He earned his G.E.D. and went to work for the New York City Board of Education, starting out as a cleaner and working his way up the ranks until he was the stationary operating engineer of the fifth largest high school in the United States, the largest in the city. After a career that lasted 33 years, he retired and moved from Dix Hills, New York to Shelter Island with his wife, so he could live next door to his daughter and son-in-law who were long-time residents.

He and Janet quickly became integral members of the community, both working as volunteers for various organizations and activities at the Senior Center and the American Legion, among others. During the years Bob served as a chaplain, financial officer and vice commander of Mitchell Post #281 and helped broker the deal to turn over the upper part of the Legion building to the town, to be used as a youth center.

He ran the senior bowling program downstairs, was often at work in the kitchen at Legion dinners, and also helped host a lively weekly poker game at the Senior Center. Janet and Bob were proclaimed Volunteers of the Year in 2010 and they both continued their volunteer efforts right up until a few weeks before his demise. Janet plans to continue their work after a brief hiatus. In addition to his regular volunteer work, Bob was known to help anyone who came to him with a problem and was able to die in peace because those wonderful friends and neighbors, in typical Shelter Island style, promised they would help his wife in any way they could after he was gone.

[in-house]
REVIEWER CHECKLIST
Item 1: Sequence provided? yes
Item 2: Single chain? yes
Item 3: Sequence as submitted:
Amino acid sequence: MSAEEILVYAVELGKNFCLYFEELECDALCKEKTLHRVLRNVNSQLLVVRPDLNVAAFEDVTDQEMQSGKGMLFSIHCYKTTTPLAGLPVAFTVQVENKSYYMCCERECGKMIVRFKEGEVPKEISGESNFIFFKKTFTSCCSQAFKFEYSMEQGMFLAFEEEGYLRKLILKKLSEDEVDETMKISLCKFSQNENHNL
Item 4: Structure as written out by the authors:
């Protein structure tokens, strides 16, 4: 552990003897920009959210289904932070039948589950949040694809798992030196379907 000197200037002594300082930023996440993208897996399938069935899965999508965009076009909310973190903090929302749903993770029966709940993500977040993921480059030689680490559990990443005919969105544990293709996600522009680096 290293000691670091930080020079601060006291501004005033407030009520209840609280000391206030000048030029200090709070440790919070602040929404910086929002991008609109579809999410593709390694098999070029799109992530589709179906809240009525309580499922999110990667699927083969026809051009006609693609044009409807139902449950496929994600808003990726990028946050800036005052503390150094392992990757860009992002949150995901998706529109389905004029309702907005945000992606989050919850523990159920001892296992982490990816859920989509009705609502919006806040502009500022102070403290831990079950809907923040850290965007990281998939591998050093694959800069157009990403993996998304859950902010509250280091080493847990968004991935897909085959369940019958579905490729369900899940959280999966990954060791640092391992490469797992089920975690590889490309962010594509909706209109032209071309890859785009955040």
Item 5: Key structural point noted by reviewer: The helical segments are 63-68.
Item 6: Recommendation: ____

When Bob wasn’t busy with his volunteer work or maintaining his home and property, he loved working on his model trains, gardening, boating and fishing. In an ironic twist, last month, after 22 years on the waiting list for a town dock slip for his boat, he finally was awarded a spot, a week before he learned of his prognosis. His boat never made it to the dock space he paid for. The same week, he received his lifetime membership for the American Legion. He joked that maybe Janet ought to stop at the Shelter Island Heights Pharmacy and pick up a few Win For Life lottery tickets for him, figuring it was worth a shot, the way his luck was going!